Fast and Accurate?
Internet auctions may be making the news these days, but another kind of World Wide Web offering holds intriguing possibilities for collectors: online appraisal sites.
One such company, Eppraisals.com, is something of an Internet Antiques Roadshow, claiming accurate appraisals of antiques and collectibles in cyberspace. Such common questions as “Is the little teddy bear that belonged to your grandmother worth anything?” seem to keep Eppraisals.com hopping.
Naturally the whole business of doing an appraisal business on the Web has its skeptics. How can an expert really distinguish what’s real and what isn’t when they can’t hold the object in their own hands?
Here’s how Eppraisals.com works: A user fills out a questionnaire detailing all of the items to be appraised and snaps several digital pictures of these objects from all angles-including close-ups of any signatures or labels. Eppraisals.com then channels this information to the appropriate member of its “Experts Network,” and within three business days will e-mail the client an appraisal costing $20 per article. Remember, of course, that a private session with a licensed appraiser can run up to $300 an hour.
“Everybody owns stuff, but people have no simple way of finding out what their possessions are worth,” says Eppraisals.com founder Leslie Hindman, 45, who ran her own Chicago auction house before selling it to Sotheby’s in 1997.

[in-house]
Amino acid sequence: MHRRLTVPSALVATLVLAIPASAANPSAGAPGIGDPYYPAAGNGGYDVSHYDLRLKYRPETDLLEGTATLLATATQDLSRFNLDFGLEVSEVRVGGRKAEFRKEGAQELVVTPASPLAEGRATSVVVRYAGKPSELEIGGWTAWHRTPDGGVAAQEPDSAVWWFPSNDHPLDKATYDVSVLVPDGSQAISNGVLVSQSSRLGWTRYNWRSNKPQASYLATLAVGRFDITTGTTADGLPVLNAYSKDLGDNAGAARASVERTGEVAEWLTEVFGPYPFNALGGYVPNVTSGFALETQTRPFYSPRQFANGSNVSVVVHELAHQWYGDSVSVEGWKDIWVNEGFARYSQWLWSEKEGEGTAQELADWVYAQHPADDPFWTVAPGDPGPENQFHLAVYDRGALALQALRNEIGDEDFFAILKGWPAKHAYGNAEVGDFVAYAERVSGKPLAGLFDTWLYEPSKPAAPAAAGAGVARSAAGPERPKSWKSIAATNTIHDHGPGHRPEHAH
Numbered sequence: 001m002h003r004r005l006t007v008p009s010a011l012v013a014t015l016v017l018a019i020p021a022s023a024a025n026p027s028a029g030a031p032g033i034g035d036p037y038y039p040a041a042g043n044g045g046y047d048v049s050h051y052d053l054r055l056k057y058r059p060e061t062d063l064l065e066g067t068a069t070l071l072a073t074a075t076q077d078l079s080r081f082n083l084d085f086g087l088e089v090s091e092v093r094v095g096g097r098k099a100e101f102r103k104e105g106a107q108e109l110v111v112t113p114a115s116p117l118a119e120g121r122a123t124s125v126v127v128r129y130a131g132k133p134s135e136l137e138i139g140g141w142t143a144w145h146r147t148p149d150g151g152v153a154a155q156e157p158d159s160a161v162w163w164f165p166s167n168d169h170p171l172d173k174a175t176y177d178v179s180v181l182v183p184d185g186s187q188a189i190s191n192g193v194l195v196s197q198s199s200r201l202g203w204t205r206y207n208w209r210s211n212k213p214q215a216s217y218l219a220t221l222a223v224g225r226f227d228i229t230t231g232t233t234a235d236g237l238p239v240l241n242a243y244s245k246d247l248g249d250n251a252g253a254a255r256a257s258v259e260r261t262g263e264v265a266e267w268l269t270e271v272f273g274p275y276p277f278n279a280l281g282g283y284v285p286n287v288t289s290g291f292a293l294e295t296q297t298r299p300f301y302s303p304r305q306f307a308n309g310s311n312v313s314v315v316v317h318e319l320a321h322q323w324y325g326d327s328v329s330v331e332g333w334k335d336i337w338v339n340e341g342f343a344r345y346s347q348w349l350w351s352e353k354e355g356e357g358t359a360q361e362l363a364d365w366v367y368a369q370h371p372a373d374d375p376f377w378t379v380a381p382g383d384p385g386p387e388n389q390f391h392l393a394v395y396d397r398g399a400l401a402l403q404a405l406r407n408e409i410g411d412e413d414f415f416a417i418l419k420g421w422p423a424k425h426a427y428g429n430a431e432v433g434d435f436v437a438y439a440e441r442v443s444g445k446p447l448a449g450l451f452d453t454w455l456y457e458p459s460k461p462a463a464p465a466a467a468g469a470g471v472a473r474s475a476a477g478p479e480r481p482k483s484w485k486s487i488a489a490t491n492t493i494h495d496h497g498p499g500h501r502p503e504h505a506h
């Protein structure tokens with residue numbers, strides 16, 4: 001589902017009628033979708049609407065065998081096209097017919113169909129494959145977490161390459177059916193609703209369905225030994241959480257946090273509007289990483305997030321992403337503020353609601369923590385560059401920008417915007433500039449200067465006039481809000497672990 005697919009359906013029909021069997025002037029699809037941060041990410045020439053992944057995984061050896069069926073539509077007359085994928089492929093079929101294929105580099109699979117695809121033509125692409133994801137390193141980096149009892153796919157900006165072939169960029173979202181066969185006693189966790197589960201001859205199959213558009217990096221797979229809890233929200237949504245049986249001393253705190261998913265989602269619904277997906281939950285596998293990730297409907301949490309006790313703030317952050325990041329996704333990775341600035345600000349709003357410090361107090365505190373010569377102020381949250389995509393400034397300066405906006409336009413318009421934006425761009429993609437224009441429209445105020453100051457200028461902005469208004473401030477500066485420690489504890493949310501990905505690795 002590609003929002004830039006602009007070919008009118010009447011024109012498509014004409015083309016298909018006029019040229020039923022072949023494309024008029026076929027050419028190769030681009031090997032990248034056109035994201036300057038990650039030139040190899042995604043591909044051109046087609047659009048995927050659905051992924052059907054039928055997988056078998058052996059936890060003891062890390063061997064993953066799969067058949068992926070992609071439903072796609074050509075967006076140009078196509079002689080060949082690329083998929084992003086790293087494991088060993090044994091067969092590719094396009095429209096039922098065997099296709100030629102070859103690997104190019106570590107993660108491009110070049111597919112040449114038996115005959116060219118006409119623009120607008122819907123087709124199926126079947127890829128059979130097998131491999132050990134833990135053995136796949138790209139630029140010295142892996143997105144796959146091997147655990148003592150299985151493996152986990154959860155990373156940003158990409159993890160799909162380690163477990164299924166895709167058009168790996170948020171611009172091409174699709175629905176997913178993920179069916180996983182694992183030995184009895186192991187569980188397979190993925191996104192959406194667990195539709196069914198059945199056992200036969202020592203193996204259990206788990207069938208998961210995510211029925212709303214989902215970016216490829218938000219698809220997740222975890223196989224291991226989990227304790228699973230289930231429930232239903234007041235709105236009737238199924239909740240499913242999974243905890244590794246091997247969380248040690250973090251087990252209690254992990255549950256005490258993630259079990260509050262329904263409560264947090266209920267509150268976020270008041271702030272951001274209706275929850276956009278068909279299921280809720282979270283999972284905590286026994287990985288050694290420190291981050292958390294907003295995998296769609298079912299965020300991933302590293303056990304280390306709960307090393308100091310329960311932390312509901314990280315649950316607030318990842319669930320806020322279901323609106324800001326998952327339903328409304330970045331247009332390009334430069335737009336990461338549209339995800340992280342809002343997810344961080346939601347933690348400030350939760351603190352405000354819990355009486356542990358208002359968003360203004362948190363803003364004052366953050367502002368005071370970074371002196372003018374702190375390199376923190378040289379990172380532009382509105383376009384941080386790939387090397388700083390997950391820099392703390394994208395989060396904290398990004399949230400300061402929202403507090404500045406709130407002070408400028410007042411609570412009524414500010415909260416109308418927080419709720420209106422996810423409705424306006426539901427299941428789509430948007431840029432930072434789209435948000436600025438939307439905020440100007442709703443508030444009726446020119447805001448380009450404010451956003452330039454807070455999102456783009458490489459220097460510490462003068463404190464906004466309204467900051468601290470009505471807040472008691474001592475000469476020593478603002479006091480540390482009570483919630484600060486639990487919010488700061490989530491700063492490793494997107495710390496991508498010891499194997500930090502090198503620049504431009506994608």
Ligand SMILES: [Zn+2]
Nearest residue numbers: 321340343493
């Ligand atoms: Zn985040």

Hindman recognized the need for affordable appraisals and decided to create a place on the Web where people could find experts without having to stand in lines for hours or pay a fortune for opinions. The idea came to her when she saw how much mail she was getting each week from people requesting information about their antiques and collectibles.
Hindman’s site is just 5 months old, and already it’s receiving more than a 1,000 queries a week, ranging from objects such as the first ATM receipt from Antarctica ($25) to a mysterious flask that turned out to be a Himalayan yak-milk canteen worth $1,200.
This new venture of Hindman’s is not without its critics, many of whom belong to professional appraisal associations. These types of sites shatter the concept of more traditional appraisal methods and some believe the standards of Eppraisals.com and others like it are not up to par. There are also concerns that even an expert can’t evaluate an object from only a digital photograph.
Hindman says the criticism is to be expected. While appraisal societies are trying to figure out how to classify online services, she feels confident there will be a happy medium between online auctions and appraisals and more formal, in-depth appraisals.
In the meantime the target market for Eppraisals.com will be Web auction buyers and sellers. If you have a secret passion for finding out just what your “junk” may be worth, this website just might be your answer.